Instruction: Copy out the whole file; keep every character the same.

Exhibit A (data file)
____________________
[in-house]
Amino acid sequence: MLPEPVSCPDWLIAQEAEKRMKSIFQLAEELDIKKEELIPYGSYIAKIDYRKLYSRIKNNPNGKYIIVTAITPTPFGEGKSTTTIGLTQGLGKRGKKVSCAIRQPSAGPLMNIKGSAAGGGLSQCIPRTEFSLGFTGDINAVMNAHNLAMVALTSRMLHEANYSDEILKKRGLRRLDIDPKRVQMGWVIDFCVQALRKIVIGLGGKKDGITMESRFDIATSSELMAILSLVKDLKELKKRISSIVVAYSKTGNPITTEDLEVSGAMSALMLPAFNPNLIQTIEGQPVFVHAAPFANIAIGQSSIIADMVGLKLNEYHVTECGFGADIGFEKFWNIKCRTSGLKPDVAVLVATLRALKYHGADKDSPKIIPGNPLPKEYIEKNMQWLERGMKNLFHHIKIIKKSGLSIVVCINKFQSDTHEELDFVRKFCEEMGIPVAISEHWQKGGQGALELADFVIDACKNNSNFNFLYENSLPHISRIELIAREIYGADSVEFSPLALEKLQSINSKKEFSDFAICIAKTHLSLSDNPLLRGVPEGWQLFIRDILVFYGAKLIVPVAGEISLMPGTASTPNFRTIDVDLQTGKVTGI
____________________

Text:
[in-house]
Amino acid sequence: MLPEPVSCPDWLIAQEAEKRMKSIFQLAEELDIKKEELIPYGSYIAKIDYRKLYSRIKNNPNGKYIIVTAITPTPFGEGKSTTTIGLTQGLGKRGKKVSCAIRQPSAGPLMNIKGSAAGGGLSQCIPRTEFSLGFTGDINAVMNAHNLAMVALTSRMLHEANYSDEILKKRGLRRLDIDPKRVQMGWVIDFCVQALRKIVIGLGGKKDGITMESRFDIATSSELMAILSLVKDLKELKKRISSIVVAYSKTGNPITTEDLEVSGAMSALMLPAFNPNLIQTIEGQPVFVHAAPFANIAIGQSSIIADMVGLKLNEYHVTECGFGADIGFEKFWNIKCRTSGLKPDVAVLVATLRALKYHGADKDSPKIIPGNPLPKEYIEKNMQWLERGMKNLFHHIKIIKKSGLSIVVCINKFQSDTHEELDFVRKFCEEMGIPVAISEHWQKGGQGALELADFVIDACKNNSNFNFLYENSLPHISRIELIAREIYGADSVEFSPLALEKLQSINSKKEFSDFAICIAKTHLSLSDNPLLRGVPEGWQLFIRDILVFYGAKLIVPVAGEISLMPGTASTPNFRTIDVDLQTGKVTGI